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Christians and Jews in Angevin England

Christians and Jews in Angevin England PDF Author: Sarah Rees Jones
Publisher: Boydell & Brewer Ltd
ISBN: 1903153441
Category : History
Languages : en
Pages : 351

Book Description
The shocking massacre of the Jews in York, 1190, is here re-examined in its historical context along with the circumstances and processes through which Christian and Jewish neighbours became enemies and victims.

Christians and Jews in Angevin England

Christians and Jews in Angevin England PDF Author: Sarah Rees Jones
Publisher: Boydell & Brewer Ltd
ISBN: 1903153441
Category : History
Languages : en
Pages : 351
Book Description
The shocking massacre of the Jews in York, 1190, is here re-examined in its historical context along with the circumstances and processes through which Christian and Jewish neighbours became enemies and victims.

The Jews of Angevin England

The Jews of Angevin England PDF Author: Joseph Jacobs
Publisher:
ISBN:
Category : Civilization, Medieval
Languages : en
Pages : 492
Book Description


The Jews of Angevin England

The Jews of Angevin England PDF Author: Joseph Jacobs
Publisher:
ISBN:
Category : Civilization, Medieval
Languages : en
Pages : 425
Book Description


The Jews of Angevin England

The Jews of Angevin England PDF Author: Joseph Jacobs
Publisher: Theclassics.Us
ISBN: 9781230326993
Category :
Languages : en
Pages : 114
Book Description
This historic book may have numerous typos and missing text. Purchasers can usually download a free scanned copy of the original book (without typos) from the publisher. Not indexed. Not illustrated. 1893 edition. Excerpt: ...they compelled us to notice that with this man the words of God were fulfilled, " The Lord gave him the blessing of all the nations" (Ecclus. xliv. 25). The Bishop had behaved very well during the riots. See supra, p. 116. Later on in the Charter Rolls of 5 Jo (p. 134) there is a reference in a list of John's jewels, to " a stick with 22 sapphires, which were Simon's the Jew." 2o8 BAILIFFS OF THE JEWS. 1200.--Bailiffs of the Jews Appointed. Rot. Chart. i., 61. John, by the grace of God, to all the Jews established throughout England greeting. Know that we have appointed William de Albion, and William de Warenn, and Thomas de Nevil, and Geoffrey of Norwich, our bailiffs for the Jews of England, on the advice of G., son of Peter our justiciar. And therefore we order and command you that you be attentive to them as our bailiffs in all things that concern us. For some reason or other a fresh set of Justiciars of the Jews are here appointed instead of the four who held the post previously (/." P.R. item, 164 a.). Among these were two Jews, whereas the new ones are all Christians. The name of the office varies: Warders (Custodes), Proctors (Procuratores, Brompton), Justiciars (Justiciarii), occurring as well as Bailiffs (Ballivi) as here. Their functions were to keep the Jewish accounts as arranged for by the Ordinances of the Jewry (p ), and to collect tallages, and to decide between Jew and Christian in disputes about debts. The King is continually addressing them to 'deliver up deeds and carry out his commands with regard to the Jews. 10 June, 1200.--Marry or remain in debt. Rot. Cart., i., 70. Letters Patent to Reginald Mauleverer.-John by the grace of God, King, &c. Know that we have quit claimed and given, and cause to have quit...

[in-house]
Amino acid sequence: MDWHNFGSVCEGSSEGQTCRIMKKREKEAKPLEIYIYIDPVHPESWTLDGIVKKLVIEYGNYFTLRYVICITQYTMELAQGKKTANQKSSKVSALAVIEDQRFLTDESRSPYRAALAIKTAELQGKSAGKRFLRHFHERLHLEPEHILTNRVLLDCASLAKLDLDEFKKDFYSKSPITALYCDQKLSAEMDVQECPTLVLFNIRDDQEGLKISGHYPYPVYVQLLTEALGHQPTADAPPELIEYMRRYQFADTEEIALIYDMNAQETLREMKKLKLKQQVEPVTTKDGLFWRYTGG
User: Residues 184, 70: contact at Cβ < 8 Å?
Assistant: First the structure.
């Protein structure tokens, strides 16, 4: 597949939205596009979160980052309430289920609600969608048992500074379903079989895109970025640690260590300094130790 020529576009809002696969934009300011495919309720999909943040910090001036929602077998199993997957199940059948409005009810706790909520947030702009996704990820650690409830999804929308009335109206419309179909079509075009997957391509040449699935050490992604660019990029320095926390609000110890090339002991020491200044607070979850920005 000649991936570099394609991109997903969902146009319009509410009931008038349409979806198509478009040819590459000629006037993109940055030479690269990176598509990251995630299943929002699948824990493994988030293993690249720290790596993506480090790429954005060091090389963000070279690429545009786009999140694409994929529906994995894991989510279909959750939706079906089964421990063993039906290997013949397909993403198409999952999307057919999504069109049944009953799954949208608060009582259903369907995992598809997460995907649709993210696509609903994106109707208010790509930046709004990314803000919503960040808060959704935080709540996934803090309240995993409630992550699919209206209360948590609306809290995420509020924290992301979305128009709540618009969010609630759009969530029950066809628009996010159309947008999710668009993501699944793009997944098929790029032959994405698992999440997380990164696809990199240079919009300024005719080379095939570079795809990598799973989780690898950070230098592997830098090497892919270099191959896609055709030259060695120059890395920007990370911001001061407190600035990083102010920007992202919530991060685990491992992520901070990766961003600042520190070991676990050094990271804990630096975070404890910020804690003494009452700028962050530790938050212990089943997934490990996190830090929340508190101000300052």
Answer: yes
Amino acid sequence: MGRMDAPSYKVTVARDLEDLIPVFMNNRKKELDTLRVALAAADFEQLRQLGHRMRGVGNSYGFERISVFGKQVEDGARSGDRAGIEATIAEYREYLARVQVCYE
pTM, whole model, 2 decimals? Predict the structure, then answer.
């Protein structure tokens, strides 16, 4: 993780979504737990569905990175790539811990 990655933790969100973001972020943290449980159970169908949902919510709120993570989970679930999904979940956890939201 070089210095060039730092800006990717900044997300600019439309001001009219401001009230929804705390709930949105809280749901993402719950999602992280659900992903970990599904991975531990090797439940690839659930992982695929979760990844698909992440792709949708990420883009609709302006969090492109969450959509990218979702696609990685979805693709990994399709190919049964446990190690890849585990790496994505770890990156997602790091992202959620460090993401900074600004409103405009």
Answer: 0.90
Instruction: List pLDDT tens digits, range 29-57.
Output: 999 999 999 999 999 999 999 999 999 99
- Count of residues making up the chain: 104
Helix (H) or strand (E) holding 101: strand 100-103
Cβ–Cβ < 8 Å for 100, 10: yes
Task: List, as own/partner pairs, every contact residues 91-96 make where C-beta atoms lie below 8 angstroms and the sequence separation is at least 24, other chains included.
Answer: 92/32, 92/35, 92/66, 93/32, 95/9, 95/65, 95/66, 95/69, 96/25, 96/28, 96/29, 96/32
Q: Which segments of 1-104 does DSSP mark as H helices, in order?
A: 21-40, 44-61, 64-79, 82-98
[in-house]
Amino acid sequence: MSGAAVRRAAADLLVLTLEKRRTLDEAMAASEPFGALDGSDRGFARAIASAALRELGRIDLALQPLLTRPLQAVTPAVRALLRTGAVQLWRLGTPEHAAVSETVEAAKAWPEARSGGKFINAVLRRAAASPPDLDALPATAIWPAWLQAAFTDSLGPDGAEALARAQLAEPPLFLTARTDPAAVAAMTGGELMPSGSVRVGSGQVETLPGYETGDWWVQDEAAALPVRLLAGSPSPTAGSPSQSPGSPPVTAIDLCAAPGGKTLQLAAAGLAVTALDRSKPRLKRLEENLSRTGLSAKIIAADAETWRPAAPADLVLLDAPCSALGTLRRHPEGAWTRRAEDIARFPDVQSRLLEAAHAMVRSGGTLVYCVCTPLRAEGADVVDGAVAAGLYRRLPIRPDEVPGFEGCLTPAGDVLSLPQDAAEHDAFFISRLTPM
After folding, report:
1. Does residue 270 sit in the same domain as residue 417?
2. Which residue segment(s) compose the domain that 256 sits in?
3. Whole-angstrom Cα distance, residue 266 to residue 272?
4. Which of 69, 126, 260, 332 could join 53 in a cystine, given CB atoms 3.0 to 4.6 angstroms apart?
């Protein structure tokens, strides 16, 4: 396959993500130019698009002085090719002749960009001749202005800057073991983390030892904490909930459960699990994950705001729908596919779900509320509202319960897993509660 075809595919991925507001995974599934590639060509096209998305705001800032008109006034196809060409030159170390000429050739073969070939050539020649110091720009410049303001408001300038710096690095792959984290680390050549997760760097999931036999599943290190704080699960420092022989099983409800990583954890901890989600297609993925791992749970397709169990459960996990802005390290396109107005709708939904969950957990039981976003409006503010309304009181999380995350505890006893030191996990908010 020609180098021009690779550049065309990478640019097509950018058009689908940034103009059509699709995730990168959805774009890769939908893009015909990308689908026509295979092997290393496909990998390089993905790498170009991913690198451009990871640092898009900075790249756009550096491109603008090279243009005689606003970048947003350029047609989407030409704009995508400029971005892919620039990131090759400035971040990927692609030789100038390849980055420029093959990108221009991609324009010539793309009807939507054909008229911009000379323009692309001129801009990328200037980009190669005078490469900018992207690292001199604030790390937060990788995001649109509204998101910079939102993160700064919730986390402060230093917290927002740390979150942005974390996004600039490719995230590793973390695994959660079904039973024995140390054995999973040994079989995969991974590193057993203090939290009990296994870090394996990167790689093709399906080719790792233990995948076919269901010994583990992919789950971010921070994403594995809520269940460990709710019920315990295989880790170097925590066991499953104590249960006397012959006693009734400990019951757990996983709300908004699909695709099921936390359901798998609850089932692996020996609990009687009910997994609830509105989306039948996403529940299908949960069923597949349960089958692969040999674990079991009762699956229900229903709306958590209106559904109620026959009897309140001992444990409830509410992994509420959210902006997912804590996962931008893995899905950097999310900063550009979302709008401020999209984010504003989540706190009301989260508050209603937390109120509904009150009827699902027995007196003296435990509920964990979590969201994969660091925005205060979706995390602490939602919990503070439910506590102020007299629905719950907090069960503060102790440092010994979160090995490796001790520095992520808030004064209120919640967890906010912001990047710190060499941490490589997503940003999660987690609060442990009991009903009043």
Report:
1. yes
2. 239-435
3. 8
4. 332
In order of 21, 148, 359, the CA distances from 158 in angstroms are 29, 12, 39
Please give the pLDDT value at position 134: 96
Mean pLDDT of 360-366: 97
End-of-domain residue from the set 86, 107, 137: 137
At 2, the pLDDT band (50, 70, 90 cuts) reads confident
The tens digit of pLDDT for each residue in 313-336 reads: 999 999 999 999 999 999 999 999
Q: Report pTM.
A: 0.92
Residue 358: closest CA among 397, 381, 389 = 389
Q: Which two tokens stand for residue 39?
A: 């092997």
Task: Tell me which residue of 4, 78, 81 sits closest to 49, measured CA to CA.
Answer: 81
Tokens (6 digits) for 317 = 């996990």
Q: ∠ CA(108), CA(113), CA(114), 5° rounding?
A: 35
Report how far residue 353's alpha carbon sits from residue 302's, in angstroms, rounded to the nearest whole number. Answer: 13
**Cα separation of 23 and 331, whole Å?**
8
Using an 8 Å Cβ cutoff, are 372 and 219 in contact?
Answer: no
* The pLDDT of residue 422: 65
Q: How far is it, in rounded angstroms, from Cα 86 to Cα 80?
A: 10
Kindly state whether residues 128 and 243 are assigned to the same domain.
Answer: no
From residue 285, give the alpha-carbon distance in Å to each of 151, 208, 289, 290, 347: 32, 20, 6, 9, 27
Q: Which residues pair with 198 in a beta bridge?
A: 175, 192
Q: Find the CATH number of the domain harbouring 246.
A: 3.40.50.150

The Jews of Angevin England: documents and records from Lat. and Heb. sources, collected and tr. by J. Jacobs

The Jews of Angevin England: documents and records from Lat. and Heb. sources, collected and tr. by J. Jacobs PDF Author: Joseph Jacobs
Publisher:
ISBN:
Category :
Languages : en
Pages :
Book Description


The Historians of Angevin England

The Historians of Angevin England PDF Author: Michael Staunton
Publisher: Oxford University Press
ISBN: 0191082635
Category : History
Languages : en
Pages : 432
Book Description
The Historians of Angevin England is a study of the explosion of creativity in historical writing in England in the late twelfth and early thirteenth centuries, and what this tells us about the writing of history in the middle ages. Many of those who wrote history under the Angevin kings of England chose as their subject the events of their own time, and explained that they did so simply because their own times were so interesting and eventful. This was the age of Henry II and Thomas Becket, Eleanor of Aquitaine and Richard the Lionheart, the invasion of Ireland and the Third Crusade, and our knowledge and impression of the period is to a great extent based on these contemporary histories. The writers in question - Roger of Howden, Ralph of Diceto, William of Newburgh, Gerald of Wales, and Gervase of Canterbury, to name a few - wrote history that is not quite like anything written in England before. Remarkable for its variety, its historical and literary quality, its use of evidence and its narrative power, this has been called a 'golden age' of historical writing in England. The Historians of Angevin England, the first volume to address the subject, sets out to illustrate the historiographical achievements of this period, and to provide a sense of how these writers wrote, and their idea of history. But it is also about how medieval intellectuals thought and wrote about a range of topics: the rise and fall of kings, victory and defeat in battle, church and government, and attitudes to women, heretics, and foreigners.